I was in San Francisco in August to attend the UX Week conference. At about 3.30pm on the last day of the conference – Friday – JetBlue sent me an email to say they had cancelled my flight to Boston on the Sunday.
I had accommodation booked in Boston, and in New York, where I was supposed to be on the following Tuesday. Not sure what to do, I immediately rang JetBlue’s customer service number to find out what my options were. The call was answered by a machine (as most incoming – and even some outgoing – calls are these days). The voice recording told me that the JetBlue customer service hotline was too busy to take my call, and that I should try again later. And then it hung up on me.
Ringing a call centre is rarely fun, even at the best of times. But to have them hang up on me when I needed help left me pretty angry. I didn’t know why they had cancelled my flight, or what my options were.
I scanned the internet and found that JetBlue had, in fact, cancelled over 1200 flights for the forthcoming weekend due to the impending arrival of Hurricane Irene on the east coast of the United States. I was just one of thousands of JetBlue passengers (and thousands more passengers on other airlines) who had been inconvenienced by the hurricane. Not wanting to be stuck, I quickly found a ticket out of San Fransisco to the east coast with US Airways for the following Tuesday – the first day that air travel looked like it would resume normal service.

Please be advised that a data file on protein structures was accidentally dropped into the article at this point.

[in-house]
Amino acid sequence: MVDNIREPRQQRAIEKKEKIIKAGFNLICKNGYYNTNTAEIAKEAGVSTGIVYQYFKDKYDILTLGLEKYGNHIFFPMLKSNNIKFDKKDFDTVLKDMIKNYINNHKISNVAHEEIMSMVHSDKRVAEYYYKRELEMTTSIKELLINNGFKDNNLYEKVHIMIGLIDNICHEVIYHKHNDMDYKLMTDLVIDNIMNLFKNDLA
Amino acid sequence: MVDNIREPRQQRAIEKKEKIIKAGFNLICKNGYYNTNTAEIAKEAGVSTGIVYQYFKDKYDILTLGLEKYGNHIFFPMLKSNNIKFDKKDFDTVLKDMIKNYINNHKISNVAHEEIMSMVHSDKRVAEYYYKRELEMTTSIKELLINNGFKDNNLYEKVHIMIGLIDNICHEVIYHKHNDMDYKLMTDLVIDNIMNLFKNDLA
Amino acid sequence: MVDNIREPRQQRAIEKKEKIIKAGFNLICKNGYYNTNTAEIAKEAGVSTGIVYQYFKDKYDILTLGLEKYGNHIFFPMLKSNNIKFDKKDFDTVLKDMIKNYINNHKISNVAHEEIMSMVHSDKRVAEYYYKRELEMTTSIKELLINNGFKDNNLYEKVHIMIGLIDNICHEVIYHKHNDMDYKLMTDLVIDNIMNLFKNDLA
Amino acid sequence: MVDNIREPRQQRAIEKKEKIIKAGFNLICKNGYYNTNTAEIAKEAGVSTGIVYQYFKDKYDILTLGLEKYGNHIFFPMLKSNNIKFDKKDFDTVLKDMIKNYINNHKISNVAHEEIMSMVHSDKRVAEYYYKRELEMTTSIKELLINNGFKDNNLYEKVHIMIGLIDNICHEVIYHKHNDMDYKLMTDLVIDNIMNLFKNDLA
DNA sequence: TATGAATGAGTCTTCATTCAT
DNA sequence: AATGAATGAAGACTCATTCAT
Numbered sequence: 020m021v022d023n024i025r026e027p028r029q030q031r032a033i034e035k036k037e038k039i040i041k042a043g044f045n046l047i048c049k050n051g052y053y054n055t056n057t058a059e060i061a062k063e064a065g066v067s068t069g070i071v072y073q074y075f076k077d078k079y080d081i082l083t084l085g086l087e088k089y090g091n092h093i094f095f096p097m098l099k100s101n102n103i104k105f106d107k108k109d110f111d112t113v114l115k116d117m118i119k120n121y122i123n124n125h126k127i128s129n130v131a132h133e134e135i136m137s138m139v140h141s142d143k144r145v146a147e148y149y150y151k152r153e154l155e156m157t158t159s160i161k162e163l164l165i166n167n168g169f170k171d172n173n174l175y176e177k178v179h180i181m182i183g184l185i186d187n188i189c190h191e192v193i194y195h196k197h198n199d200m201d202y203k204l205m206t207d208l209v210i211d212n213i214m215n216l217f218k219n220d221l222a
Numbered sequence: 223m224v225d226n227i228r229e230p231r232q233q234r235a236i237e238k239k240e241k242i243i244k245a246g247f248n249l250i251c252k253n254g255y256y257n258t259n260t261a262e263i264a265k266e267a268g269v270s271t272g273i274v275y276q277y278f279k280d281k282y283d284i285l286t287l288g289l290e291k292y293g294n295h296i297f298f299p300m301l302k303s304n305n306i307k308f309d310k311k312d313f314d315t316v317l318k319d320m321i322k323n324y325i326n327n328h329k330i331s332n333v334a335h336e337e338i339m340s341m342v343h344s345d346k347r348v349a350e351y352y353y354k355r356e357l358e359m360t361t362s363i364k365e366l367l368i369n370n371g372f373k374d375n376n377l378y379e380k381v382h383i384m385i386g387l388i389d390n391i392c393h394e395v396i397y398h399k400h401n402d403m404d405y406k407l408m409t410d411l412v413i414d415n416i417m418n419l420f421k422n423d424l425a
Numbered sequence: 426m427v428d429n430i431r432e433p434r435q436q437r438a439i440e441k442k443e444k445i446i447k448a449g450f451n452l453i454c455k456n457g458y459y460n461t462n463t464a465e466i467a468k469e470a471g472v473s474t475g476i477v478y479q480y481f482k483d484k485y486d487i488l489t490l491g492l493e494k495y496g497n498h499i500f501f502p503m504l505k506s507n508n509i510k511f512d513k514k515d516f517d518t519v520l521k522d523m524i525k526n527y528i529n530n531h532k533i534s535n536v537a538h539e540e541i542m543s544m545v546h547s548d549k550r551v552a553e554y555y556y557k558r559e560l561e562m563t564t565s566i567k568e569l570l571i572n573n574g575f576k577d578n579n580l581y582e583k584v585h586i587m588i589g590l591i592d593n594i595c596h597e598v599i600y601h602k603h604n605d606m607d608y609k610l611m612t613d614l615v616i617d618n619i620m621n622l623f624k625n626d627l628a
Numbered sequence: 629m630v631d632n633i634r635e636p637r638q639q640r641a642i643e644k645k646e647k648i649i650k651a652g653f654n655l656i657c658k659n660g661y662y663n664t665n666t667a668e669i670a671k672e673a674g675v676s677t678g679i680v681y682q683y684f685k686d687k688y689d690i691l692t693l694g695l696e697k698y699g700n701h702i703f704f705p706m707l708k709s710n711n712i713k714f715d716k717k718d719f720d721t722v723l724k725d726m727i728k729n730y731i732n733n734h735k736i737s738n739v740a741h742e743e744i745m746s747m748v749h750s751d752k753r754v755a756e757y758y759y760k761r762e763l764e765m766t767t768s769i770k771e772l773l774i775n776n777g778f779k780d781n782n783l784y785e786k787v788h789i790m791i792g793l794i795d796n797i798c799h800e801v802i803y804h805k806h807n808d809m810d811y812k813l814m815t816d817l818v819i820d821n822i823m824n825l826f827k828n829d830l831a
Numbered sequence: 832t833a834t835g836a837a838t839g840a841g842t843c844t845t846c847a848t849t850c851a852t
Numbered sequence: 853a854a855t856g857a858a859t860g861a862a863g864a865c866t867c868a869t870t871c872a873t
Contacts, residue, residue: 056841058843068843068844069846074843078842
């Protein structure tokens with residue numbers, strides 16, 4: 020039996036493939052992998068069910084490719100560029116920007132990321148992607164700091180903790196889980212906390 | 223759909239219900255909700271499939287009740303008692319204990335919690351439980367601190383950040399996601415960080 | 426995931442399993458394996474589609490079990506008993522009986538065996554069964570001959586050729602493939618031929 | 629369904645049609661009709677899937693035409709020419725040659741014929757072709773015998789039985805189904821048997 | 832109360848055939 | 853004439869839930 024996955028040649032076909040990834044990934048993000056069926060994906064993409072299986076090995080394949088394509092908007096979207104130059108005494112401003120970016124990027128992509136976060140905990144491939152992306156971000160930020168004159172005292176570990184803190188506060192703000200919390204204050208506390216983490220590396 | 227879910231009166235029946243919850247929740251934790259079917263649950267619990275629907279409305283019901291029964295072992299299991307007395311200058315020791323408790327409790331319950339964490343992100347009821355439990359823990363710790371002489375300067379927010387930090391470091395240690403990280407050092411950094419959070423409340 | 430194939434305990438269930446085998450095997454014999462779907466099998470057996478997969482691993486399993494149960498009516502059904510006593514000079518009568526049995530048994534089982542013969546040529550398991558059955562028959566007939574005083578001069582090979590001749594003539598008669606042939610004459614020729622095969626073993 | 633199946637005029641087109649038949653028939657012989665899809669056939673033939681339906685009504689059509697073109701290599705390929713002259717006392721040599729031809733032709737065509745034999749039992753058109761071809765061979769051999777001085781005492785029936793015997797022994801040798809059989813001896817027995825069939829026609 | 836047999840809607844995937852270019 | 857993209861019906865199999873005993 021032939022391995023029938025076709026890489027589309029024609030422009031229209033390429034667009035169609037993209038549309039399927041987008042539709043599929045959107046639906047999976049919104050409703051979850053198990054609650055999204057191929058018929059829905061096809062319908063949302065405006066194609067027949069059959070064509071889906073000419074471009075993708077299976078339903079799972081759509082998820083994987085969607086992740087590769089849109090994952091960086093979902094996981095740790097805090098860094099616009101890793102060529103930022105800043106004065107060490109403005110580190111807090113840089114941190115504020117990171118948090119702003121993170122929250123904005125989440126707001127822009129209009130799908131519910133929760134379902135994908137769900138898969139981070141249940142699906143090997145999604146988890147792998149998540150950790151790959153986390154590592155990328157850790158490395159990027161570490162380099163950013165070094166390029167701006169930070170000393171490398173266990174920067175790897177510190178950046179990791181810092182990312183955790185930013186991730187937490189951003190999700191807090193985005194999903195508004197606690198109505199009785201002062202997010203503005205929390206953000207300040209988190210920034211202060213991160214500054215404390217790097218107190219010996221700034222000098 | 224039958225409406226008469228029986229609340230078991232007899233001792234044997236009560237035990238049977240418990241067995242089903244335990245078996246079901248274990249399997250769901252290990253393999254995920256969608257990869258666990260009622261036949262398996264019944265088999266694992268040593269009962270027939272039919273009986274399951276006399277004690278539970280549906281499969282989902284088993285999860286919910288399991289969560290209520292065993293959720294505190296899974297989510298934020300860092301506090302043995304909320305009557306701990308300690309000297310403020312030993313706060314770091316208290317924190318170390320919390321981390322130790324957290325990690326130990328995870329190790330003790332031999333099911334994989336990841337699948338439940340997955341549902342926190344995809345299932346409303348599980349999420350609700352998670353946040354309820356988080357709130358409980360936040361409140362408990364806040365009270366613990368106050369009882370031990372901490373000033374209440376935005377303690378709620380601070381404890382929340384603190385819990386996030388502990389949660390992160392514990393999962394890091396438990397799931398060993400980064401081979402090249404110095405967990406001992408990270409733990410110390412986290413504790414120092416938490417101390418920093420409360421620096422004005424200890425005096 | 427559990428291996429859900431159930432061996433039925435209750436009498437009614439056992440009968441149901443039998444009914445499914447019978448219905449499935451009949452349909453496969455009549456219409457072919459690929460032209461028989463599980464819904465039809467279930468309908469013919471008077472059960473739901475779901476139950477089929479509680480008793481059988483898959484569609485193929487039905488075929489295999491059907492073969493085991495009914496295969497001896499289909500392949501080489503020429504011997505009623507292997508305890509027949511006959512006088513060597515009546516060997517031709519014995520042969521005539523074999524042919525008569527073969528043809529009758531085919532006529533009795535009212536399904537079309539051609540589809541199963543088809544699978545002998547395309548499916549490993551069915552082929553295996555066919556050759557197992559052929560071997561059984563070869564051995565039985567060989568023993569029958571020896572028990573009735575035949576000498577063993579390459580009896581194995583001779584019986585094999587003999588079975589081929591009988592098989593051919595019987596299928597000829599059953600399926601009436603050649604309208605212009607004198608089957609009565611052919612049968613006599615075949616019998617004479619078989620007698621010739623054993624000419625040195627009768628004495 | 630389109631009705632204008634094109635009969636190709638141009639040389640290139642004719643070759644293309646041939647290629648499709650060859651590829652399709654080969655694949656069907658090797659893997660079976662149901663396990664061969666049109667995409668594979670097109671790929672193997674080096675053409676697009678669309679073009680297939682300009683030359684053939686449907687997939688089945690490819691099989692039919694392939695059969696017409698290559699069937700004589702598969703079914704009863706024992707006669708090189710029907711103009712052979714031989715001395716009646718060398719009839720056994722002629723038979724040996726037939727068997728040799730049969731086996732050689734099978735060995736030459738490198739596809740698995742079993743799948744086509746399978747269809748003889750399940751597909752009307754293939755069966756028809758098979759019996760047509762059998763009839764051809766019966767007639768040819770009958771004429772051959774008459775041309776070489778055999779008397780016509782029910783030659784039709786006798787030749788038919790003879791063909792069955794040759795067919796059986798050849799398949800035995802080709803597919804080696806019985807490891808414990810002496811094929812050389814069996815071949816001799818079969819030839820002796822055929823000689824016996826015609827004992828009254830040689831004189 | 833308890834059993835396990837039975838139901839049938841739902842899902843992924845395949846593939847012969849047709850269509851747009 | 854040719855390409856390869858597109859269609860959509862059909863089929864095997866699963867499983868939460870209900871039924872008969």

So I had a ticket out of San Francisco, but I also needed to see what I could do about my cancelled JetBlue ticket. The JetBlue website said that they would offer full refunds for flight cancellations. I looked up JetBlue on Twitter. They appeared to be active and responding to mentions (of which there were not that many). I tweeted for help.
Not long after, JetBlue tweeted back, requesting me to send a direct message with my booking number. After a few messages back and forth over a ten-minute time span, my refund had been processed. And only a few days later, the full cost of the ticket was refunded to my credit card.
With 1200 cancelled flights and many more disrupted passengers, the customer service hotline was unable to cope with the instant spike in traffic and left me (and surely others) frustrated and anxious about my travel plans. By employing Twitter as a customer service channel, JetBlue was able to be responsive to customer demand where customers were requesting help.
While unanswered calls to an organisation’s customer service hotline can disappear into the ether, tweets for help are harder to ignore, especially as tweeters can instantly take their dissatisfaction to a wider audience. It’s good to see organisations becoming more aware of the conversations about the their brands happening in the online world, and best of all, to see them being responsive to facilitate better customer service. Good work, JetBlue!
Update: Sounds like this kind of help is typical of JetBlue. Check out this Harvard Business Review blog post for another view on great customer service during Hurricane Irene and another great save during ‘Snowmageddon’ 2010.